“I think we should use the envelopes,” I sheepishly replied to my boss.
And then, of course, he politely disagreed and showed me the error of my ways. He said no matter how few customers actually spotted the misprint, for those that did, it would project an image of unprofessionalism. It would undermine the sense of quality that we as a company was trying to promote through every brand interaction. “We’ll eat the expense,” he declared, “Go get them reprinted.”
It might sound funny that an extra “I” could turn into a seminal moment of my career, but that experience left an indelible impression on me. Today, I would never think of sending that envelope out to customers. Back then, however, I didn’t fully appreciate how even the smallest details contributed to the perception of quality — not just in the eyes of customers, but employees, too. Imagine the message it would have sent to the staff if I had let those envelopes go out the door? Certainly not that we, as a company, we’re serious about customer experience quality.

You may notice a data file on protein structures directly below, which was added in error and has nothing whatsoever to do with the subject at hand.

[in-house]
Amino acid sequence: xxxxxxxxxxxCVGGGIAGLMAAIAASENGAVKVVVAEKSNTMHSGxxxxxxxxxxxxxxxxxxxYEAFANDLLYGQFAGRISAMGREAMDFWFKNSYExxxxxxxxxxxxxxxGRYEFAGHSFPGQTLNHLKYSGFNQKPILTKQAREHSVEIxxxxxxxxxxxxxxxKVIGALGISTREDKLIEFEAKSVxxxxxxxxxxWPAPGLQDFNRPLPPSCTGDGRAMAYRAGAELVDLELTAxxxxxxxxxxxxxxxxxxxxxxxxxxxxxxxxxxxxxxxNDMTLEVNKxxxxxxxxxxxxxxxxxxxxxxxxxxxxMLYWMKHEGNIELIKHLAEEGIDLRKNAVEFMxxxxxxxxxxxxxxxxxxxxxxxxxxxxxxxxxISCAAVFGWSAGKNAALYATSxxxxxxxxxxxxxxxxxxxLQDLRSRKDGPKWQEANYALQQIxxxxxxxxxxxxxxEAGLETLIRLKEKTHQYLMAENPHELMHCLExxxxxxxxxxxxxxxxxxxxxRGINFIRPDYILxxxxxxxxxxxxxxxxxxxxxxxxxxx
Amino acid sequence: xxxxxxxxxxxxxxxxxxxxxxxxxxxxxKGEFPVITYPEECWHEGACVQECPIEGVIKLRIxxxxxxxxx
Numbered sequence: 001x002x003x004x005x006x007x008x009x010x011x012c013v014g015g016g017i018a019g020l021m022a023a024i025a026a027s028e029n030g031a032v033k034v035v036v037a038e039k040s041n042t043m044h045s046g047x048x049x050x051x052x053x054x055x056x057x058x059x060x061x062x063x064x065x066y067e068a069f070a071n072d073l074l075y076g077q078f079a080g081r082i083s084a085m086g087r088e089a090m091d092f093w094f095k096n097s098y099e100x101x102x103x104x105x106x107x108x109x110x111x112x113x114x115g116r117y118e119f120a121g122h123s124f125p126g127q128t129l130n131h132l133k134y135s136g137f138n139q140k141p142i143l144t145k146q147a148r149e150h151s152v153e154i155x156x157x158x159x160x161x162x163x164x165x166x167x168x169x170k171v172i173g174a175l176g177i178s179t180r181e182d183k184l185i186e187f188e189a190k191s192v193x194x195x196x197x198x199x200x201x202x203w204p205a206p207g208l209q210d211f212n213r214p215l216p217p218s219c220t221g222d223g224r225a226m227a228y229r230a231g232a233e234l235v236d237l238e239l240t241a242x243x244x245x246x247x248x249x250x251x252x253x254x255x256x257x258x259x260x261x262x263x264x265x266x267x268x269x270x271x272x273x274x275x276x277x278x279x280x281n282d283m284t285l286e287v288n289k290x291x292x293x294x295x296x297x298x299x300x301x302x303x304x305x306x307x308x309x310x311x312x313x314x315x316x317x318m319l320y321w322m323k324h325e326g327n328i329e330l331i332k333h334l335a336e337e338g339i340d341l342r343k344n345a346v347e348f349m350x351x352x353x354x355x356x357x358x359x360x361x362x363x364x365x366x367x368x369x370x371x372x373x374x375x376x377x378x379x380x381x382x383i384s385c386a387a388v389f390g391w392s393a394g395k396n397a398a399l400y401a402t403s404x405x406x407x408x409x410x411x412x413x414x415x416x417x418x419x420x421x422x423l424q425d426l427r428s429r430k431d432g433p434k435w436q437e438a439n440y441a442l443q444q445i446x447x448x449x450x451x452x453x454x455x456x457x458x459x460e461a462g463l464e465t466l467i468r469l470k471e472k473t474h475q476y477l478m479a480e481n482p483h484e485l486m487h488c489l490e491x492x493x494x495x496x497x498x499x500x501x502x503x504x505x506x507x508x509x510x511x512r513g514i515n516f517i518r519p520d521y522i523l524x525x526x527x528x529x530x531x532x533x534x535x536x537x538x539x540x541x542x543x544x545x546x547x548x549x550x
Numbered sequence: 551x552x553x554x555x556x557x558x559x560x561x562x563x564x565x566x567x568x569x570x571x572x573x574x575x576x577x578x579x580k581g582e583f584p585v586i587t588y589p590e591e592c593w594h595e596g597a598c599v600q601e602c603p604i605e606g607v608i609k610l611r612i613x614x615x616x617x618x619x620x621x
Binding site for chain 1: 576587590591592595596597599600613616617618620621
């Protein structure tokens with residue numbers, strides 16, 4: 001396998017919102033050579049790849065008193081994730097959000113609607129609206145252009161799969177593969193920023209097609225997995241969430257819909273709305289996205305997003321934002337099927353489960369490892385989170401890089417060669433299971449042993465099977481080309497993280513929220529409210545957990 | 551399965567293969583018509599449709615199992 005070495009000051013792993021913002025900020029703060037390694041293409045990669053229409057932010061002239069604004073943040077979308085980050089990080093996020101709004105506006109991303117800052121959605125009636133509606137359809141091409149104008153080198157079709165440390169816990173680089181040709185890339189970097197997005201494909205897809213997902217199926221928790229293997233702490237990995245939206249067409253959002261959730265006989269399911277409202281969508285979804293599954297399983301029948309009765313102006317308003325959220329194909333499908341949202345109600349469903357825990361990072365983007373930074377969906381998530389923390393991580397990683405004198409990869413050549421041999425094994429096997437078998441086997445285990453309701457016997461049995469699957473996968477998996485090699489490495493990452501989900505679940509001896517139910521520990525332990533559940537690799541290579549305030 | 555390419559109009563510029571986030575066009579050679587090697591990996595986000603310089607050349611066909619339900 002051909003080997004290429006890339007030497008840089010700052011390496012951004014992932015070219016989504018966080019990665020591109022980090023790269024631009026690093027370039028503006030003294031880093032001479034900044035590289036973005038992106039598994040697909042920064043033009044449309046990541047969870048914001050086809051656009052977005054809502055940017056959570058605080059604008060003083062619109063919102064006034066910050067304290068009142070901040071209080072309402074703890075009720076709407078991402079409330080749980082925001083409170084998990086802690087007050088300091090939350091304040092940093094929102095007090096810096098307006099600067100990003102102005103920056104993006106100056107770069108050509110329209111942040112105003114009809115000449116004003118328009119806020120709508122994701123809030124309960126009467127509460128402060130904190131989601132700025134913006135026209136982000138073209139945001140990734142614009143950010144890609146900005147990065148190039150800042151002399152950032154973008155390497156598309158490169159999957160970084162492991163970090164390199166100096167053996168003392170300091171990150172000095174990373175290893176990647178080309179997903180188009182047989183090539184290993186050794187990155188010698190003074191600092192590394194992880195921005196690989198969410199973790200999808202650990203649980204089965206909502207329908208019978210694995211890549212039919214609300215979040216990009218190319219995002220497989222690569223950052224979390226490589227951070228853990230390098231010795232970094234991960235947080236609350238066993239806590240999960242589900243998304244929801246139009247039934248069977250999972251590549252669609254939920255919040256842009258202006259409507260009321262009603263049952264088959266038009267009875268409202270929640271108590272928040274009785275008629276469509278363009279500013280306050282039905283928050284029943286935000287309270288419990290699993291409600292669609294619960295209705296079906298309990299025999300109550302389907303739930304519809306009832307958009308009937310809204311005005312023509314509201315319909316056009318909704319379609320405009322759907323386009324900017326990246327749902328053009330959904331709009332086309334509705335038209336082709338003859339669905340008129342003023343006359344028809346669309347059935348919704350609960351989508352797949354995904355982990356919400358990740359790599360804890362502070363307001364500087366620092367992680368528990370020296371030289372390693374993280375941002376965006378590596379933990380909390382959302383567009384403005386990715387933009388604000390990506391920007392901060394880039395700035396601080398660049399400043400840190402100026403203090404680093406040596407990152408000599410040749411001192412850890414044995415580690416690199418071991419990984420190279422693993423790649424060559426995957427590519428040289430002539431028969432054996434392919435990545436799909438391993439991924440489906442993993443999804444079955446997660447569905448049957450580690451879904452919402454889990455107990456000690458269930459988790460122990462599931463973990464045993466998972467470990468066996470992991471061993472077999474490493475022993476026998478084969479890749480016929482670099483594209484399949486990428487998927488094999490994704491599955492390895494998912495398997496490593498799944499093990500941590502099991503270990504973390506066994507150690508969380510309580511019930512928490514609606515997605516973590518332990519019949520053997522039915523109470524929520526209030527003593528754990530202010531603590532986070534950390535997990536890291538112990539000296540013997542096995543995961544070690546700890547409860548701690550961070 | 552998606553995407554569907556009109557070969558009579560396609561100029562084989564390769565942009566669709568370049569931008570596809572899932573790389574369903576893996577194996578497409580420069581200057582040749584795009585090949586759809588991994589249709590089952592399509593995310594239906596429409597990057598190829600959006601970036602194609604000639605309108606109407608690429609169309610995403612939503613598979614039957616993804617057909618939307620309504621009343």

None of us are able to achieve success without some help along the way. Is there a particular person who you are grateful towards who helped get you to where you are? Can you share a story?
Certainly, the support I received from my parents was instrumental in shaping the trajectory of my personal and business lives. But if I narrow your question down to the business colleagues who helped me the most, I would single out my very first boss from my very first corporate job.